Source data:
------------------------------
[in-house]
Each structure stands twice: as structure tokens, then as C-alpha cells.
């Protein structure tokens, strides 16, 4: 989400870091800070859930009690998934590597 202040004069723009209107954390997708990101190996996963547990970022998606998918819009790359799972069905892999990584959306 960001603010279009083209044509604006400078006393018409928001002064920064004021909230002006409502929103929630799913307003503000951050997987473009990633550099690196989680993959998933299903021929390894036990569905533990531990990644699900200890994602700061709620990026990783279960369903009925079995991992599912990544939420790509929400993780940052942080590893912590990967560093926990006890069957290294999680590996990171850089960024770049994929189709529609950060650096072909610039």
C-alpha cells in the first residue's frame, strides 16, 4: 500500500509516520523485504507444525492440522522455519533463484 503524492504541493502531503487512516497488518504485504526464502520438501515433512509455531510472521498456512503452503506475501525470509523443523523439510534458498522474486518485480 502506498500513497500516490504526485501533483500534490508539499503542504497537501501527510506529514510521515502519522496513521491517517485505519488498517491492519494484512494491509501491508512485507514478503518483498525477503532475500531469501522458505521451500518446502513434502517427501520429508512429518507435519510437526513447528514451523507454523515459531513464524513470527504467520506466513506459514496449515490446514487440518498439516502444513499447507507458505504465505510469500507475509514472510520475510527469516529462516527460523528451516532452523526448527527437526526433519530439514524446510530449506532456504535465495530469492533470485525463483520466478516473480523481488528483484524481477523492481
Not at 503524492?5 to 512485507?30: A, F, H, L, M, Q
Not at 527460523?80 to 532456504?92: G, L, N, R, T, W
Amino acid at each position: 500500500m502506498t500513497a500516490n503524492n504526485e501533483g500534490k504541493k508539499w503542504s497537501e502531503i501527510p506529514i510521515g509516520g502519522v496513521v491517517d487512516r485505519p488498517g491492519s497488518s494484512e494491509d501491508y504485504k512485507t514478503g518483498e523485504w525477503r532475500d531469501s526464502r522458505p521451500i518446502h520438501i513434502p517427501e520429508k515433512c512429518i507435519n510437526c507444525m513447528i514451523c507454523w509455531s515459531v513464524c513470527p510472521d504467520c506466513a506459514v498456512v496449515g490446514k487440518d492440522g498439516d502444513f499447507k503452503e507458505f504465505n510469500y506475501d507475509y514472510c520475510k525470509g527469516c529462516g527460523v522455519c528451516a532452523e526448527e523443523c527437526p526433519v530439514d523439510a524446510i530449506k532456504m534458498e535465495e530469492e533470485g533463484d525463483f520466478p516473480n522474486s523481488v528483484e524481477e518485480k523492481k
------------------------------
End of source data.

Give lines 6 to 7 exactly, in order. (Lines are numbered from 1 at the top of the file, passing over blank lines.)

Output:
Not at 527460523?80 to 532456504?92: G, L, N, R, T, W
Amino acid at each position: 500500500m502506498t500513497a500516490n503524492n504526485e501533483g500534490k504541493k508539499w503542504s497537501e502531503i501527510p506529514i510521515g509516520g502519522v496513521v491517517d487512516r485505519p488498517g491492519s497488518s494484512e494491509d501491508y504485504k512485507t514478503g518483498e523485504w525477503r532475500d531469501s526464502r522458505p521451500i518446502h520438501i513434502p517427501e520429508k515433512c512429518i507435519n510437526c507444525m513447528i514451523c507454523w509455531s515459531v513464524c513470527p510472521d504467520c506466513a506459514v498456512v496449515g490446514k487440518d492440522g498439516d502444513f499447507k503452503e507458505f504465505n510469500y506475501d507475509y514472510c520475510k525470509g527469516c529462516g527460523v522455519c528451516a532452523e526448527e523443523c527437526p526433519v530439514d523439510a524446510i530449506k532456504m534458498e535465495e530469492e533470485g533463484d525463483f520466478p516473480n522474486s523481488v528483484e524481477e518485480k523492481k